I have been to Berlin many times, but I first flew there in 2001. This was the best way to get there, as it’s a long walk from London.  I flew at six o’clock in the morning on September the Twelfth. This was the day after September the Eleventh. No surprise there as twelve usually follows eleven, however this was that September the Eleventh.

As you can understand, I had a few reservations about flying on that day. There are a lot of things that go through your mind when something like 9/11 happens, especially when something like 9/11 has never happened before. And it wasn’t even called 9/11 at that point. I suppose us Brits might have called it 11/9, if we’d been asked, but we were too busy shitting ourselves to think about a catchy name.

Our soiled pants were the result of a great big smoky question mark that was left floating in the air that asked, ‘What will happen next?’

Hence I didn’t particularly want to go near any buildings taller than a bungalow, let alone set foot on a potentially kamikaze aeroplane. If an Airbus was likely to become a Groundbus somewhere over mainland Europe then I’d rather be sheltering with my loved ones in my garden shed. The manufacturer claimed it to be bomb-proof, or rain-proof, or one or the other.

But then again I’d never been to Berlin, and it was somewhere I’d always wanted to go.

The flight left from Stansted Airport, which is a bit of a drive from where I live. This meant rising at the ungodly hour of three in the morning. Given the earliness of the hour I’d almost forgotten the previous day’s events. All my mental energies were focused on staying awake whilst driving through the dimly lit East End of London. I still managed to hit a cat, a milkman and three prostitutes.

As I’d expected, security was very rigorous at Stansted. Hence why I’d left home early. It comprised two x-rays, a full baggage search and an over enthusiastic internal inspection by Mr Coldfinger the security guard. However, given the recent events, my general feeling was that ‘security’ was a little like the anal probing I’d just been given, i.e. you couldn’t have too much of it.

I landed at the old East Berlin airport and caught the train into central Berlin. In doing this you travel through mile after mile of deserted pine forest. It’s the sort of place that you can imagine Michael Caine dodging the bullets of leather-coated East German Stasi whilst he hastily buries a briefcase containing secret documents. In the background you can hear the barking of Alsatian dogs as they strain at the end of taut leashes held by round-helmeted Nazi Storm-Troopers looking for English parachutists dangling from branches.

You have to use your imagination, it’s not a very exciting journey.

Don’t go to Berlin expecting a beautiful city, that isn’t the charm of Berlin. The city centre is Europe’s biggest building site. The old Berlin Wall had acres of no-man’s land either side of it. When the wall came down there was suddenly a wide strip of premium European real estate freed up. They’ve been building stuff on it ever since.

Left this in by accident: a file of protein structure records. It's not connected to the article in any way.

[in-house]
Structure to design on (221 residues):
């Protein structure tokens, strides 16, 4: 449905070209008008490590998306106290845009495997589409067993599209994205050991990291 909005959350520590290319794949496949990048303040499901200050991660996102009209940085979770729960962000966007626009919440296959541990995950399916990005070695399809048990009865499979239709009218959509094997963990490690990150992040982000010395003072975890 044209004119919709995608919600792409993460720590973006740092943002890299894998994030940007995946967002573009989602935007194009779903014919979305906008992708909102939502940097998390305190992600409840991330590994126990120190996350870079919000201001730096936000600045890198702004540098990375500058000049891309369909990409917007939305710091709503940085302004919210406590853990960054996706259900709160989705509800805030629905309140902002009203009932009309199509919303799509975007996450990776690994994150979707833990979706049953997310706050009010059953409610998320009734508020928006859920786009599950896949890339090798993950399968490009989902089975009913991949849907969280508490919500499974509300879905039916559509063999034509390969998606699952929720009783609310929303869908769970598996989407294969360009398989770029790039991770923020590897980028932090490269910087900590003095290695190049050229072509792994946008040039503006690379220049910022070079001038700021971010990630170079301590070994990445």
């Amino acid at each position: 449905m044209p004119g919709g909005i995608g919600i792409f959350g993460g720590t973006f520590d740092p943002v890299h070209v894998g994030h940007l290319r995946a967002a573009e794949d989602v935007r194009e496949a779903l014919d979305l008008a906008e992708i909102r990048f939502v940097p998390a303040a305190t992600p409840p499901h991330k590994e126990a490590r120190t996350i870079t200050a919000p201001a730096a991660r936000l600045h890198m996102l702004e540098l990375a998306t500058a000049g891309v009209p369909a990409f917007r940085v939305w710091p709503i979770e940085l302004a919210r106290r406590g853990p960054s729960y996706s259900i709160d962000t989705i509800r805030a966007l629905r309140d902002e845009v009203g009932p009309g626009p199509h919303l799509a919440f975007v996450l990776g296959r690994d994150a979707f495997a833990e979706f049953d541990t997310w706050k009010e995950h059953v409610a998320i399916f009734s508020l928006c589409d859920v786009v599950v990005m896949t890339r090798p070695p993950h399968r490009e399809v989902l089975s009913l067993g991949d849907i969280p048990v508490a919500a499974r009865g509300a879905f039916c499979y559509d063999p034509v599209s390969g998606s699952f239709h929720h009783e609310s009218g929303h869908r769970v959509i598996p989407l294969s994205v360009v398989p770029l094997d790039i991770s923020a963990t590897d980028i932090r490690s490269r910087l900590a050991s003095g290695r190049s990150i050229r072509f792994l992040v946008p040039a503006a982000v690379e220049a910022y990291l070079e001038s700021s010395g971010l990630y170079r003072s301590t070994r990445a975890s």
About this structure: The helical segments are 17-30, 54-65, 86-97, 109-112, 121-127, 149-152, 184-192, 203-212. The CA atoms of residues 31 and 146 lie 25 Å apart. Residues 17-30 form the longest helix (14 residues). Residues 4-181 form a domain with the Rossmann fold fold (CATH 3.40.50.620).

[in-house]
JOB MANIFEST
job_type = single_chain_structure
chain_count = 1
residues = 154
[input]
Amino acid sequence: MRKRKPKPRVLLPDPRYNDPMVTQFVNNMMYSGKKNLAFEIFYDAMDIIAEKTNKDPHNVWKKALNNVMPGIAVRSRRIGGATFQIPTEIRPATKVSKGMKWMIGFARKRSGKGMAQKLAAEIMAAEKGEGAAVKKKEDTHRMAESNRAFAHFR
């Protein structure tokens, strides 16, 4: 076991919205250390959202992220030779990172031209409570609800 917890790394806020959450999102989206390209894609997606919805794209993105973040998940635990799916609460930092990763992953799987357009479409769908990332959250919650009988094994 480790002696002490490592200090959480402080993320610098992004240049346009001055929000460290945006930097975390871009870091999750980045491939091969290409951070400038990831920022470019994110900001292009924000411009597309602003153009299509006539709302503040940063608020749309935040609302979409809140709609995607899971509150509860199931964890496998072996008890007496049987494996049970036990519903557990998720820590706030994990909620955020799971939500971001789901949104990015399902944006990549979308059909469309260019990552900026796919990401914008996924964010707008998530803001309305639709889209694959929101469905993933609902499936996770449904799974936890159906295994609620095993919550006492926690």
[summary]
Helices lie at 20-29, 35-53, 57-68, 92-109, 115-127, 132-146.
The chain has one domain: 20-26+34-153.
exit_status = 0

It makes you wonder who owned the no-man’s land though, perhaps it was whoever got there first. No wonder all the East Germans were eager to break down the wall with whatever came to hand.

Back in 2001 the Brandenburg Gate was covered in scaffolding and tarpaulin. I’d gone all that way to Berlin, and their most famous landmark was completely hidden from view. Apparently they couldn’t decide what colour to paint it, so they were having a public vote on the matter. At the time I wondered why they were bothering. Within a few weeks it would probably be a heap of rubble with an American Airlines tailfin sticking out of it.

After a couple of days in Berlin the picture of what happened on September the Eleventh had fully developed. The most awesome aspect was the shadowy figure of a new phenomenon, the suicide hijacker.

Consequently every passenger in the departure lounge for the flight home was eyeing each other up with the utmost suspicion. One particular gentleman of Arabic appearance seemed to attracting the most votes as ‘He most likely to want to join Allah ASAP’. The final piece of condemning evidence, in my opinion, was that he was reading a magazine.

This was based on the premise that a suicide bomber wasn’t going to be halfway through an interesting book.

My attention then shifted away from this octogenarian Arab with a Zimmer frame to a younger suspect. This felonious looking individual had a badly scarred face. This was no doubt the result of an accident whilst training in the desert with Semtex. More revealing though, as I pointed out to the stewardess, was that he had a t-shirt with Che Guevara on it. I mean, how much more evidence do you think she’d need before alerting the pilot?

Still I suppose I must have been attracting a fair bit of suspicion myself. When I reached up to get my hemorrhoid cream out of the overhead locker I was jumped by twenty passengers.

I suppose it may have had something to do with the black balaclava my wife insists I wear to keep the cold out.

For other fun in Germany click here